Bob Hoffman, Joe Weider, Health, and the Fascist State

Thursday, February 23, 2006
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Huebert makes a post over at that begs further expansion. His friend explains that Ed Opitz was a Bob Hoffmanite, which I find fascinating. Hoffman’s history is remarkable. Bob Hoffman was an interesting guy, and a hero. Let me ‘splain.

He was instrumental–in so many ways–in rescuing modern weight training and methodology from total obscurity, as well as going head-to-head with the State in regards to the issue of health and supplements.

However, he was from the weightlifting/strength training school as opposed to bodybuilding, for the most part. In fact, he and Joe Weider made famous the Hoffman-Weider “muscle wars” so long ago (in the 50s). Weider was starting to establish bodybuilding as a separate science from strength training, and Hoffman was a bit more slow to recognize bodybuilding as the modern science it eventually became. Hoffman, rather, was not that fond of the aesthetic side of muscledom. He thought it to be somewhat shallow, hence the difference between Weider and Bob Hoffman.

Hoffman started Strength & Health magazine in the 1930s. The heroic thing about Hoffman’s efforts was that he was among the pioneers in establishing the link between protein and muscle building. His focus was that of nutrition. Sure, Hoffman’s company (York Barbell) made perhaps some overblown claims about its Germ Oil Concentrate–in regards to helping to stave off myriad diseases–but, in fact, most of his products were merely protein supplements wherein the claim was made–before mainstream health science had come to understand it–that greater amounts of protein are essential to building and maintaining increased muscularity. What a concept. It’s the core concept of every bodybuilder on the planet.

You’ll read in numerous bodybuilding bios that Hoffman had “brushes with the law.” Well, the State went after Hoffman for daring to be on the cutting edge of the protein revolution. The Feds and the FDA had seized some York products (in the 60s and 70s) for the crime of false advertising in regards to his products. Or so claimed the Feds. He claimed his supplement products could increase vigor and mood and energy levels, and mostly, he committed the outrageous act of linking extra protein to added muscle and better health (all of which we know to be true today).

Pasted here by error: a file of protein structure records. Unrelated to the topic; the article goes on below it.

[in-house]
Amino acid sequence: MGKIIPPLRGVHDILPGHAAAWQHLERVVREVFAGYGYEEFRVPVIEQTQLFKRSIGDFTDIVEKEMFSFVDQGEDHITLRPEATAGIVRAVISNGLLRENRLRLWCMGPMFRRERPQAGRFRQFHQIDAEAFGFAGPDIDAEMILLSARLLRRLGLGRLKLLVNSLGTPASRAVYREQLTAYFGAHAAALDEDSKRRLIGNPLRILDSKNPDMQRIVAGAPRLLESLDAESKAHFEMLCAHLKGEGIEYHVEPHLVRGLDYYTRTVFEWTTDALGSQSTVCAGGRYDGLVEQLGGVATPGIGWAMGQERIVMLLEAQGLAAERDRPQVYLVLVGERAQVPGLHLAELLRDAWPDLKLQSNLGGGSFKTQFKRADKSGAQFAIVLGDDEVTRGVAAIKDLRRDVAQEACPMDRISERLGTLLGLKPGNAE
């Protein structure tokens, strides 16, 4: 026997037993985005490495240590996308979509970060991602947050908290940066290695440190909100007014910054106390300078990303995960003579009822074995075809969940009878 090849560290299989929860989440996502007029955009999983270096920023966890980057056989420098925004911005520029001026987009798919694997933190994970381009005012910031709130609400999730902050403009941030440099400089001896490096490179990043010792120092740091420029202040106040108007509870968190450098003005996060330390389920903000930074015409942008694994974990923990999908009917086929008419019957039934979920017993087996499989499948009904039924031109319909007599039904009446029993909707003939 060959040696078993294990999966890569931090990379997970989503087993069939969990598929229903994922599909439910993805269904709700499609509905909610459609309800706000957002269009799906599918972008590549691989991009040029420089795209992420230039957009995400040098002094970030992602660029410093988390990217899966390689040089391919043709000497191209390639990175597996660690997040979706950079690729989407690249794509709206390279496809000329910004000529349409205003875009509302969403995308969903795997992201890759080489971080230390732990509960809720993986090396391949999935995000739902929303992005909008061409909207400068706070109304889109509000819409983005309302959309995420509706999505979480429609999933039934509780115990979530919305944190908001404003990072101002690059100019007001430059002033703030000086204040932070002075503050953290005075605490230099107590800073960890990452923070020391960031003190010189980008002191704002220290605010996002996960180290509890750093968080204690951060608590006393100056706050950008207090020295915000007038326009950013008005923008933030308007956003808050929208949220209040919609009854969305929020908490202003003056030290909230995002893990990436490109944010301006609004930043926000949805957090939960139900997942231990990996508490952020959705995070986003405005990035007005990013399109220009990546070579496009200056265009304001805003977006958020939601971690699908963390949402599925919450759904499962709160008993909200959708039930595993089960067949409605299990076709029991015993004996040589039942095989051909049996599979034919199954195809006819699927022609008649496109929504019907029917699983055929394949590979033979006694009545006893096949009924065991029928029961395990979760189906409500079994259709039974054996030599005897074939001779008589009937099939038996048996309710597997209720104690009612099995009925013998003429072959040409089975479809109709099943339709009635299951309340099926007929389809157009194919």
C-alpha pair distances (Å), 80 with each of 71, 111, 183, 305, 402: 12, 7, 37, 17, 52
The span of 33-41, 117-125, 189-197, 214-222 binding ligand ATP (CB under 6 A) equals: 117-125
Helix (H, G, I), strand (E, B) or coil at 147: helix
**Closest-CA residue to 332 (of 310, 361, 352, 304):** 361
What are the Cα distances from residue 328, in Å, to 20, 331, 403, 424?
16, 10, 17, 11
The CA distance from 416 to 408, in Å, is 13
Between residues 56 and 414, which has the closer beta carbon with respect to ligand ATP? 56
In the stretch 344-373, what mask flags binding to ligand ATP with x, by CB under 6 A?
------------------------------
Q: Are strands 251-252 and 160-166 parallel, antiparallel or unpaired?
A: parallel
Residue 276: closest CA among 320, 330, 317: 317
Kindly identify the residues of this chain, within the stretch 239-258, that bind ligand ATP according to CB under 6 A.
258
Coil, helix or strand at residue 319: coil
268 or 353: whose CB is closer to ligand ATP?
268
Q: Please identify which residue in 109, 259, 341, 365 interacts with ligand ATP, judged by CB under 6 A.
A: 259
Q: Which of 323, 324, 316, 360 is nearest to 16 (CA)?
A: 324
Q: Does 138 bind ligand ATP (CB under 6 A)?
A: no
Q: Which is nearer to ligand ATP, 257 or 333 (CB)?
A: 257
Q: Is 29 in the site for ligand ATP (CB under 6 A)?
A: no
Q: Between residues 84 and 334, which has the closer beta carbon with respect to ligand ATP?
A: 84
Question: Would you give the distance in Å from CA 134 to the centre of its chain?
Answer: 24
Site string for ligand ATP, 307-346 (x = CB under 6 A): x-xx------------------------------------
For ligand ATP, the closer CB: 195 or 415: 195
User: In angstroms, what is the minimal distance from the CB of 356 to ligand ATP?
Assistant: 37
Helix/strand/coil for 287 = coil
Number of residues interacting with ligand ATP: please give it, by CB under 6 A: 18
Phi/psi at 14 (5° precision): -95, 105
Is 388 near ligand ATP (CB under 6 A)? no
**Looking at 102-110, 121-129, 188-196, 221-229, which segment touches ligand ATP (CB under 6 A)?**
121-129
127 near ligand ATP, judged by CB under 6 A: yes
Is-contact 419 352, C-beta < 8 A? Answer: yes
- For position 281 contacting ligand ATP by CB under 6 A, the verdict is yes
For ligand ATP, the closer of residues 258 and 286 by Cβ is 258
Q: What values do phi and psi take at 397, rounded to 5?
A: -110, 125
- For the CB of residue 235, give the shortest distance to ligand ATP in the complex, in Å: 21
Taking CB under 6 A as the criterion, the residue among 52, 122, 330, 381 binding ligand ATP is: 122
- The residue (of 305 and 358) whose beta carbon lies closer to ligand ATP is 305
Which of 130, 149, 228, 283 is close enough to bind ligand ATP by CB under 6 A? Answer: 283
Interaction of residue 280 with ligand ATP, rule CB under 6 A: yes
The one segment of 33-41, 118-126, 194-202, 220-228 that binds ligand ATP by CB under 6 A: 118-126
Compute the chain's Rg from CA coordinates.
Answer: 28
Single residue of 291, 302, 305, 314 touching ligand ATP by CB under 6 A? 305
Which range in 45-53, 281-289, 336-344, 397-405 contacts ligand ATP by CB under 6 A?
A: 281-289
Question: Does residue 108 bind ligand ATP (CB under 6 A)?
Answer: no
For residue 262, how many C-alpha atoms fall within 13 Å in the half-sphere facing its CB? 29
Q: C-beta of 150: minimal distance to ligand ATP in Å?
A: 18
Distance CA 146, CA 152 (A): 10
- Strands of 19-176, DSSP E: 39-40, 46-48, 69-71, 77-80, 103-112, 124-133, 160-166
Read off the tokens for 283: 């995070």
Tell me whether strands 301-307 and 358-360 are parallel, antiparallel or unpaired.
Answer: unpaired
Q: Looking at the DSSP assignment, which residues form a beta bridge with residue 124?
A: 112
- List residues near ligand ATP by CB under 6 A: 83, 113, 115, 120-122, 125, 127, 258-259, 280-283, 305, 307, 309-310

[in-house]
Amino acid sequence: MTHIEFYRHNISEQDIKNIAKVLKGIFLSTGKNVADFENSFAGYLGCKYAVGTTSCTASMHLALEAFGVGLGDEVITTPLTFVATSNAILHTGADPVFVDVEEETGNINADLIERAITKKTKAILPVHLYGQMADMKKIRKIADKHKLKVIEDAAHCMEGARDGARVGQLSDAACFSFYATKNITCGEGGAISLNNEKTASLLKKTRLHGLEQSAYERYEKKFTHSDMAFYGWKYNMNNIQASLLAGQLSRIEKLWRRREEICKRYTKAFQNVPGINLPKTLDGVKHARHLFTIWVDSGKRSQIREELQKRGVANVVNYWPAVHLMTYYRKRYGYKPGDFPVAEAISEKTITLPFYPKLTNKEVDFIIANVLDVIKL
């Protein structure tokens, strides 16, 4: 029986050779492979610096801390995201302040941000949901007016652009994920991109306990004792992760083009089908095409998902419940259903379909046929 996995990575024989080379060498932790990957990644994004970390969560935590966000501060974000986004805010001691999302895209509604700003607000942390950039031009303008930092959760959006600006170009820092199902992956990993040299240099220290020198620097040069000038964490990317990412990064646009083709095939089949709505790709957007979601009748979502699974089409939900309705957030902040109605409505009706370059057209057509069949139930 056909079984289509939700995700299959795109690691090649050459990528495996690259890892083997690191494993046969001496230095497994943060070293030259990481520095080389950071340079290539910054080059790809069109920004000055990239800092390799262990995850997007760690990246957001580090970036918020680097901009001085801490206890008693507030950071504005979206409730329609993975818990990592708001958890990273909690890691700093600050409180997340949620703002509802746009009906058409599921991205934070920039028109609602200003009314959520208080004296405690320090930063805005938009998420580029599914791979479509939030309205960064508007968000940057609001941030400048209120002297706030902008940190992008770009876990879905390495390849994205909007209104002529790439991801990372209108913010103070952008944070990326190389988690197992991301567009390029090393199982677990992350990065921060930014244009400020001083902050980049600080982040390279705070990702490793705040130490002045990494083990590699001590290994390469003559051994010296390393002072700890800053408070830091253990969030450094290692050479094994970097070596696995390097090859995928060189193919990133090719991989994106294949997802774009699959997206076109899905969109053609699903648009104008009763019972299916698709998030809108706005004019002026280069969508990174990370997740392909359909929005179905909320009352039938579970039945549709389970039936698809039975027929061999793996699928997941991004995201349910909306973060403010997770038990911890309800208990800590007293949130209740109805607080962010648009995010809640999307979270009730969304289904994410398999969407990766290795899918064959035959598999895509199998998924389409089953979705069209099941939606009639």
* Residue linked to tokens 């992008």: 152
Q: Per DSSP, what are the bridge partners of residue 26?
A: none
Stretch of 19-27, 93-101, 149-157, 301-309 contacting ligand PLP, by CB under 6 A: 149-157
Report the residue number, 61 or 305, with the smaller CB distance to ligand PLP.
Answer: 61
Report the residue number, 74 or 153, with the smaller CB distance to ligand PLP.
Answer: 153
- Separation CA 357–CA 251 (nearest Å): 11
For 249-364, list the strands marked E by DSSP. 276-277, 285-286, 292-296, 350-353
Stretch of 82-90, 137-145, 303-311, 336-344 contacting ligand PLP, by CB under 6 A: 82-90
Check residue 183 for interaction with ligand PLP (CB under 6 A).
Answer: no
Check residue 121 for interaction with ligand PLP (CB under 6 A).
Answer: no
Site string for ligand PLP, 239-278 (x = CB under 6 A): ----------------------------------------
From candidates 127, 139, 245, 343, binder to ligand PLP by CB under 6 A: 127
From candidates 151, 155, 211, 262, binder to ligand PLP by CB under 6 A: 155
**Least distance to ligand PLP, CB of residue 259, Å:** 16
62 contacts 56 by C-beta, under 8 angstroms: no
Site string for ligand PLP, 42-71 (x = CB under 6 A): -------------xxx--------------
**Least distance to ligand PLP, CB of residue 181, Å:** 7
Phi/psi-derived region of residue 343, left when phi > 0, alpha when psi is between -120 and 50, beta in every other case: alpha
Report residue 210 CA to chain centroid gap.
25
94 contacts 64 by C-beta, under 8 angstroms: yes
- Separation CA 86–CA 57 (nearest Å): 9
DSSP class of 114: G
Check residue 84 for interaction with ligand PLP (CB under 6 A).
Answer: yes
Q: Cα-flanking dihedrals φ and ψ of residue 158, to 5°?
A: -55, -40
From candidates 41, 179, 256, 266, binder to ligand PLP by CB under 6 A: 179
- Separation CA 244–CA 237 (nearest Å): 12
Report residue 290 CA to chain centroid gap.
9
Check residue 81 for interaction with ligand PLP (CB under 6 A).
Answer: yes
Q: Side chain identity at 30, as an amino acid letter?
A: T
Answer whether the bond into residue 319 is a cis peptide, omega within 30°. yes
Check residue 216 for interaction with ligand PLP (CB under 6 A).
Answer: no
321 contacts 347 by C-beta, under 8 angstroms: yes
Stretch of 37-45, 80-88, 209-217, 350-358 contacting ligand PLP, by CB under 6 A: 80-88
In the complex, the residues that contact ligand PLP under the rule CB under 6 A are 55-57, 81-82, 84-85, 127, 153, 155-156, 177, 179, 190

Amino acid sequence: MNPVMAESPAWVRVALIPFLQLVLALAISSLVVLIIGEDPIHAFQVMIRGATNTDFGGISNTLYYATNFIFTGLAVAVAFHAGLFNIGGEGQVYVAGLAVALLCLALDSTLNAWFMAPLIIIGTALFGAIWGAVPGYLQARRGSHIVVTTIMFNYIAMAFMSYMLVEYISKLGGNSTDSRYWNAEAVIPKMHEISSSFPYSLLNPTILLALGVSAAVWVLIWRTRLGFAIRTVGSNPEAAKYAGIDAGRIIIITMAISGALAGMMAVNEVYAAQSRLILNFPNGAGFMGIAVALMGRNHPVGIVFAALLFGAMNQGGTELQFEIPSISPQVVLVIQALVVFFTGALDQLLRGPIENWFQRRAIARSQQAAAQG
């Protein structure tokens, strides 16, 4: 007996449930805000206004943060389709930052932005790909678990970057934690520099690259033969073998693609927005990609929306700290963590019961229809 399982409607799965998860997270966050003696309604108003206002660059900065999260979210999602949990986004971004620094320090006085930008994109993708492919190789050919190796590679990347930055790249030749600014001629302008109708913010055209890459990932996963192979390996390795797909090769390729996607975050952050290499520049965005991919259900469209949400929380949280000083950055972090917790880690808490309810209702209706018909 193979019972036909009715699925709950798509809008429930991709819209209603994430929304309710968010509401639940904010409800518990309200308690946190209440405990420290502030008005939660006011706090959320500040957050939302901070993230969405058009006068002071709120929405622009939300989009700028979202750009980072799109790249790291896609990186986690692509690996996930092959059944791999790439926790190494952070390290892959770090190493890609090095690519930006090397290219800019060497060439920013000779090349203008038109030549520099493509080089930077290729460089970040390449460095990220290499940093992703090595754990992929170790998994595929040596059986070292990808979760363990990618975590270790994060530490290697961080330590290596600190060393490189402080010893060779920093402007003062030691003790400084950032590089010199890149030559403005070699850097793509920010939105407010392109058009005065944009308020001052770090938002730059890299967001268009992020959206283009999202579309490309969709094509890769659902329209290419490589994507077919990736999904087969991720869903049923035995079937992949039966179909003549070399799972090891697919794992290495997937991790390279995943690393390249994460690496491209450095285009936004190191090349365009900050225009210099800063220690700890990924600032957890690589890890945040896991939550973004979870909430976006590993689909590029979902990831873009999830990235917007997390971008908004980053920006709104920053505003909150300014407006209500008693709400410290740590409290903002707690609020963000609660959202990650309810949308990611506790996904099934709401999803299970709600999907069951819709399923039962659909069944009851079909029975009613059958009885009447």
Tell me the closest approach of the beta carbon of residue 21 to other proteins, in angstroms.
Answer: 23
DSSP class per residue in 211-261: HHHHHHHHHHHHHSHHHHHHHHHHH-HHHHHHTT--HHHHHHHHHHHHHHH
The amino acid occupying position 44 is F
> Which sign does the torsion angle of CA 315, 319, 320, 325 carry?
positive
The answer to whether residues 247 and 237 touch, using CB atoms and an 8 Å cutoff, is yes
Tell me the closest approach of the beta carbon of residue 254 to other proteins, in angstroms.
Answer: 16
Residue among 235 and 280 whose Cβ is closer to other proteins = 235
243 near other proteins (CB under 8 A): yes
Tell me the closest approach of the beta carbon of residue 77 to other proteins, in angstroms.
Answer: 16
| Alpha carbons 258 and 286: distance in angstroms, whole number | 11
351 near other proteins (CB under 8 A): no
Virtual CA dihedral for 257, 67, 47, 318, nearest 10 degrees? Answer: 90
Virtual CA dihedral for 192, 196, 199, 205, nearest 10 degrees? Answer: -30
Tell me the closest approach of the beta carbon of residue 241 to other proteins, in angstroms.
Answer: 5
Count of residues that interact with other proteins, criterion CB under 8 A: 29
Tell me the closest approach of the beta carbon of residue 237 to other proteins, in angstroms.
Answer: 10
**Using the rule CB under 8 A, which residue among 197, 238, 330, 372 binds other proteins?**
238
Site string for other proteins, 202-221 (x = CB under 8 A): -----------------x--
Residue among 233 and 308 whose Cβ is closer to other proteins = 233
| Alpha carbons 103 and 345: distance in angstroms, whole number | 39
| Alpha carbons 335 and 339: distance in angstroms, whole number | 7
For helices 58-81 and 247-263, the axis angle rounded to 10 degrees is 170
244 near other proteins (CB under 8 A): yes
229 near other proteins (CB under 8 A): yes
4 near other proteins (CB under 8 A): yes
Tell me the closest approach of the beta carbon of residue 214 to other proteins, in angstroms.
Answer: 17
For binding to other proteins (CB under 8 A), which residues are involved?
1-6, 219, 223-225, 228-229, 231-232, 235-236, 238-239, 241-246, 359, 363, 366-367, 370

The US Postal Service and the FTC went after Joe Weider for similar reasons. There were, and still are, many minions of the State that refer to the protein-muscle link and pro-supplement philosophy as “quackery.” The FDC was committing its usual thuggery against Weider’s General Nutrition, Inc. as late as 1994 wherein he was ordered to pay up the extortion fees ordered by the Feds.

Bob Hoffman became all about supplements, and his magazine and dozens of books were influential in developing the very ideas used today to increase strength, mass, and growth.

Note that Steve Reeves–who had perhaps one of the most perfect bodies ever–was a Hoffmanite early on. Reeves was there for the early days of powdered whey protein–via pharmacist Eugene Schiff–and taught those practices in his book Building The Classic Physique: The Natural Way. Not many people know that Dr. John Harvey Kellogg was also vital–back in the late 1800s–in setting a foundation for early bodybuilding techniques through his research on exercise and the body.

In the 20s, Hoffman was already preaching modern techniques on form and avoiding injury, way before anyone else. He was brilliant. It’s funny to note that, after all of his brushes with the Feds, was also a founding member of the President’s Council on Physical Fitness and Sports.

Not much has changed. Bodybuilding and the State are still at odds, and the State still goes after the supplement industry with jack-booted vigor.

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